There was a son after Jack who died in infancy; then came Edith (Edie) who married ship steward Will Stapleton, the black sheep of the family; another daughter died in infancy; after which Paul’s father, James, was born on 7 July 1902, known to all as Jim. He was followed by three girls: Florence (Flo), Annie and Jane, the latter known as Gin or Ginny, after her middle name Virginia. Ginny, who married carpenter Harry Harris, was Paul’s favourite relative outside his immediate family and close to her younger sister, Mildred (Milly), after whom came the youngest, Joe, known as Our Bloody Joe, a plumber who married Joan, who outlived them all. Looking back, Joan recalls a family that was ‘very clannish’, amiable, witty people who liked company. In appearance the men were slim, smartly dressed and moderately handsome. Paul’s dad possessed delicate eyebrows which arched quizzically over kindly eyes, giving him the enquiring, innocent expression Paul has inherited. The women were of a more robust build, and in many ways the dominant personalities. None more so than the redoubtable Auntie Gin, whom Paul name-checks in his 1976 song ‘Let ’em In’. ‘Ginny was up for anything. She was a wonderful mad character,’ says Mike Robbins, who married into the family, becoming Paul’s Uncle Mike (though he was actually a cousin). ‘It’s a helluva family. Full of fun.’

Music played a large part in family life. Granddad Joe played in brass bands and encouraged his children to take up music. Birthdays, Christmas and New Year were all excuses for family parties, which involved everybody having a drink and a singsong around the piano, purchased from North End Music Stores (NEMS), owned by the Epstein family, and it was Jim McCartney’s fingers on the keys. He taught himself piano by ear (presumably his left, being deaf in his right). He also played trumpet, ‘until his teeth gave out’, as Paul always says. Jim became semi-professional during the First World War, forming a dance band, the Masked Melody Makers, later Jim Mac’s Band, in which his older brother Jack played trombone. Other relatives joined the merriment, giving enthusiastic recitals of ‘You’ve Gone’ and ‘Stairway to Paradise’ at Merseyside dance halls. Jim made up tunes as well, though he was too modest to call himself a songwriter. There were other links to show business. Younger brother Joe Mac sang in a barber-shop choir and Jack had a friend at the Pavilion Theatre who would let the brothers backstage to watch artists such as Max Wall and Tommy Trinder perform. As a young man Jim worked in the theatre briefly, selling programmes and operating lights, while a little later on Ann McCartney’s daughter Bett took as her husband the aforementioned Mike Robbins, a small-time variety artiste whose every other sentence was a gag (‘Variety was dying, and my act was helping to kill it’). There was a whiff of greasepaint about this family.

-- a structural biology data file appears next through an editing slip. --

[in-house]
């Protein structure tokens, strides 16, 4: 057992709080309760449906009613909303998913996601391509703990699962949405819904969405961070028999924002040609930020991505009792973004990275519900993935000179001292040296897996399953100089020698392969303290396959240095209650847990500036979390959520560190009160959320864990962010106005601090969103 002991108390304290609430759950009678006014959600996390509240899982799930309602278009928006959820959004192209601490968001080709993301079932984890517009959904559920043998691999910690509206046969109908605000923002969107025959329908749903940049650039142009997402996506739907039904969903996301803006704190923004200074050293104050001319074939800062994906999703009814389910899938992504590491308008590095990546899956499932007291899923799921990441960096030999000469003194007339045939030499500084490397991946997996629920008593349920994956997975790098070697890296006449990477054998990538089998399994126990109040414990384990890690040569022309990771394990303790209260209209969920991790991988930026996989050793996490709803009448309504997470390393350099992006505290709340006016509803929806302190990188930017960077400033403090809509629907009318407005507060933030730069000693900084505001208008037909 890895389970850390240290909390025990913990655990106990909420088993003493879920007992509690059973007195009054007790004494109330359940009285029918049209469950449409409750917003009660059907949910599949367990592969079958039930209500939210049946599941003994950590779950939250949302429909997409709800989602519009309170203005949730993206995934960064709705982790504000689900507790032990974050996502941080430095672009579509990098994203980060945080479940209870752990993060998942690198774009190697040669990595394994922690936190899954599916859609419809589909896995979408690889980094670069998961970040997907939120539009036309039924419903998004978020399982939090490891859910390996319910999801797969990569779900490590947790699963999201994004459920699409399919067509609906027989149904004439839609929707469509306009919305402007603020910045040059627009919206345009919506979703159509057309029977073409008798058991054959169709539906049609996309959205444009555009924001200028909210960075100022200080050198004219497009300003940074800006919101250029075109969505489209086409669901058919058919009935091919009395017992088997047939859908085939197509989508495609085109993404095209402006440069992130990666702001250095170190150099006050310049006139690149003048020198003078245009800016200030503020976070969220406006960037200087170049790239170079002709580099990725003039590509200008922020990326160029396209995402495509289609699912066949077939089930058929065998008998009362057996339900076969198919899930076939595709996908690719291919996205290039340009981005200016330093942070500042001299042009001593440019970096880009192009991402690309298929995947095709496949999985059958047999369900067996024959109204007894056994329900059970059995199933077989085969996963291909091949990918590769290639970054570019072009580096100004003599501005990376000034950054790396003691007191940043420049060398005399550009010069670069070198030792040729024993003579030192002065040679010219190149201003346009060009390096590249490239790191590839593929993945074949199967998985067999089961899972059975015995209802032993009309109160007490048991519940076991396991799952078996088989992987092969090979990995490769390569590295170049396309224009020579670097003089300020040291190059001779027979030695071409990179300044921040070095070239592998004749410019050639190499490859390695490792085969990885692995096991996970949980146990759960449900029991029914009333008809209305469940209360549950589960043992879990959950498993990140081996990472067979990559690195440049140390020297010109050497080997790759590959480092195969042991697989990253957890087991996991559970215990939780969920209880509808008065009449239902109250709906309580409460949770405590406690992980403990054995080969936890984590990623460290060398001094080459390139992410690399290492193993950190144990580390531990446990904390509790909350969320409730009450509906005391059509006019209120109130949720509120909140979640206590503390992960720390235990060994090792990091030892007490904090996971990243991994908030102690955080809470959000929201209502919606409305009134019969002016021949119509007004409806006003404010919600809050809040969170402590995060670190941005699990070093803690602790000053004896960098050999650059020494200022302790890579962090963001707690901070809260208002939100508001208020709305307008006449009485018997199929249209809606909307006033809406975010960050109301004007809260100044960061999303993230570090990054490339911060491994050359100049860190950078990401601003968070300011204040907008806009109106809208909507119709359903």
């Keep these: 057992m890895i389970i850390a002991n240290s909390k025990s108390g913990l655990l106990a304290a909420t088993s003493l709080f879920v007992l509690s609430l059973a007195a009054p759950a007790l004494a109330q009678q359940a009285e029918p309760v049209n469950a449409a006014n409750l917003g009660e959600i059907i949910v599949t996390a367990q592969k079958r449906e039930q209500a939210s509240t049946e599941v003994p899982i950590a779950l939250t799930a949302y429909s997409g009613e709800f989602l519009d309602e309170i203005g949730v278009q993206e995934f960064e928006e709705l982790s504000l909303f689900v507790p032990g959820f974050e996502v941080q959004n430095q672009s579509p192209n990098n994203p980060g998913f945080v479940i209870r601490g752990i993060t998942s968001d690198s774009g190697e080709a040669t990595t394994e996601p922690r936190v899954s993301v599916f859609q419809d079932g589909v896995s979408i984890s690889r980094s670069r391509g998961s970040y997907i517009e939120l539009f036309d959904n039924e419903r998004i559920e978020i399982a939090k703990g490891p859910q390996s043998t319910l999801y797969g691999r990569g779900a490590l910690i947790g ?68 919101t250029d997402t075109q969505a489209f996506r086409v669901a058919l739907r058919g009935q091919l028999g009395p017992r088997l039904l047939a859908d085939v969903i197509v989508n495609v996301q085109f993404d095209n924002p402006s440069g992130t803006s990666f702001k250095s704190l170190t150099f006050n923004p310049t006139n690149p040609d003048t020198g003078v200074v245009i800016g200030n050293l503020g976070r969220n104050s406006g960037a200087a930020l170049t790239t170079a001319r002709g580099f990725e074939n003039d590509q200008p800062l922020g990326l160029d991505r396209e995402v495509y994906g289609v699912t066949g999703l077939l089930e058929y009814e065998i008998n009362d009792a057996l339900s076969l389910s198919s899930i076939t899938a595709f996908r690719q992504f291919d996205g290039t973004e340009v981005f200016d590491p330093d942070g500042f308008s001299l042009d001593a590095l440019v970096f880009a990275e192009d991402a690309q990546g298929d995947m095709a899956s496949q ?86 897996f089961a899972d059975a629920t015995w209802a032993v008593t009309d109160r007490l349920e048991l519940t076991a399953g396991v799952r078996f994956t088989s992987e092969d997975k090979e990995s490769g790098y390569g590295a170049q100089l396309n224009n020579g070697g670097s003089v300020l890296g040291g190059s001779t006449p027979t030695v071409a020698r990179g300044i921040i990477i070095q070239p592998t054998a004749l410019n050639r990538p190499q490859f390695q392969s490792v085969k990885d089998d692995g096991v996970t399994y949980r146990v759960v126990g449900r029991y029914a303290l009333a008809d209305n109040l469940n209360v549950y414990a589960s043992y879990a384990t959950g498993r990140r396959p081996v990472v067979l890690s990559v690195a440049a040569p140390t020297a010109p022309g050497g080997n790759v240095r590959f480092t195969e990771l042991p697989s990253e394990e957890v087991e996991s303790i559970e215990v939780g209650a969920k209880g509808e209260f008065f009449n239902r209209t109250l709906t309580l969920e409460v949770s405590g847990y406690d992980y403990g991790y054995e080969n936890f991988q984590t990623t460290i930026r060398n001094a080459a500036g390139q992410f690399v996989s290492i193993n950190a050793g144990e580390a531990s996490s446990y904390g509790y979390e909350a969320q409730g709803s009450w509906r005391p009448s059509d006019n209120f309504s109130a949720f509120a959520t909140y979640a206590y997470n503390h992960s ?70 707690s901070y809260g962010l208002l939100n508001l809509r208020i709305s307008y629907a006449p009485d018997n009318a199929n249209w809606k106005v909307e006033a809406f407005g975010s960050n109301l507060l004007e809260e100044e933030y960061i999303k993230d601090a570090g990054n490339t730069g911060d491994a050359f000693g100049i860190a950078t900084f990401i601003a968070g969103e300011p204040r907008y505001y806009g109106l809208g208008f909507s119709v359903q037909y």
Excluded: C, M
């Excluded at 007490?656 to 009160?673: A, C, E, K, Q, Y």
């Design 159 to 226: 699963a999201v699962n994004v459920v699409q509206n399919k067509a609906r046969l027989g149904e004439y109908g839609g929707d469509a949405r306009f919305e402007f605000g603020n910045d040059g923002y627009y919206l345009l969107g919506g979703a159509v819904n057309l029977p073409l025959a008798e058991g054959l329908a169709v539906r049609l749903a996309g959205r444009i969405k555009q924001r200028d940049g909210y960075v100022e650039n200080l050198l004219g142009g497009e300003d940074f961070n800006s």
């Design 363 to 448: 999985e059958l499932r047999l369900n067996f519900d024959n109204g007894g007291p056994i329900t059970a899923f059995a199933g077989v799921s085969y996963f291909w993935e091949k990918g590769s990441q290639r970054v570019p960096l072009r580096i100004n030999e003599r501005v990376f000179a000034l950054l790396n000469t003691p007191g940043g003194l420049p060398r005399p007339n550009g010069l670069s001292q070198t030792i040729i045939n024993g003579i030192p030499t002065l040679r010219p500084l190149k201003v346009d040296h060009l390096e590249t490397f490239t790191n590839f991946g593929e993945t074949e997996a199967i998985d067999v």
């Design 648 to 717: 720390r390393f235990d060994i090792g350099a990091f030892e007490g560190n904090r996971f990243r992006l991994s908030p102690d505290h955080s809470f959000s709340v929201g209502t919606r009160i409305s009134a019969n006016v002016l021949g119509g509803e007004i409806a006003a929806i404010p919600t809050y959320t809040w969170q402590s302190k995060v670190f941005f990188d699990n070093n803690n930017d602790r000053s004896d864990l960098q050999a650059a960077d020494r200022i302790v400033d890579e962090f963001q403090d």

Jim’s day job was humdrum and poorly paid. He was a salesman with the cotton merchants A. Hannay & Co., working out of an impressive mercantile building on Old Hall Street. One of Jim’s colleagues was a clerk named Albert Kendall, who married Jim’s sister Milly, becoming Paul’s Uncle Albert (part of the inspiration for another of Paul’s Seventies’ hits, ‘Uncle Albert/Admiral Halsey’). It was perhaps because Jim was having such a grand old time with his band and his extended family that he waited until he was almost forty before he married, by which time Britain was again at war. It was Jim’s luck to have been too young to serve in the First World War, and now he was fortunate to be too old for the Second. He lost his job with Hannay’s, though, working instead in an aircraft factory during the day and fire-watching at night. Liverpool’s docks were a prime German target during the early part of the war, with incendiary shells falling almost nightly. It was during this desperate time, with the Luftwaffe overhead and Adolf Hitler’s armies apparently poised to invade from France, that Jim McCartney met his bride-to-be, Paul’s mother Mary.

Mary Mohin was the daughter of Irishman Owen Mohin, who’d left the old country to work in Glasgow, then moving south to Liverpool, where he married Mary Danher and had four children: a daughter named Agnes who died in childhood, boys Wilfred and Bill, the latter known as Bombhead, and Paul’s mother, Mary, born in the Liverpool suburb of Fazakerley on 29 September 1909. Mary’s mother died when she was ten. Dad went back to Ireland to take a new bride, Rose, whom he brought to Liverpool, having two more children before dying himself in 1933, having drunk and gambled away most of his money. Mary and Rose didn’t get on and Mary left home when still young to train as a nurse, lodging with Harry and Ginny Harris in West Derby. One day Ginny took Mary to meet her widowed mother Florence at her Corporation-owned (‘corpy’) home in Scargreen Avenue, Norris Green, whereby Mary met Gin’s bachelor brother Jim. When the air-raid warning sounded, Jim and Mary were obliged to get to know each other better in the shelter. They married soon after.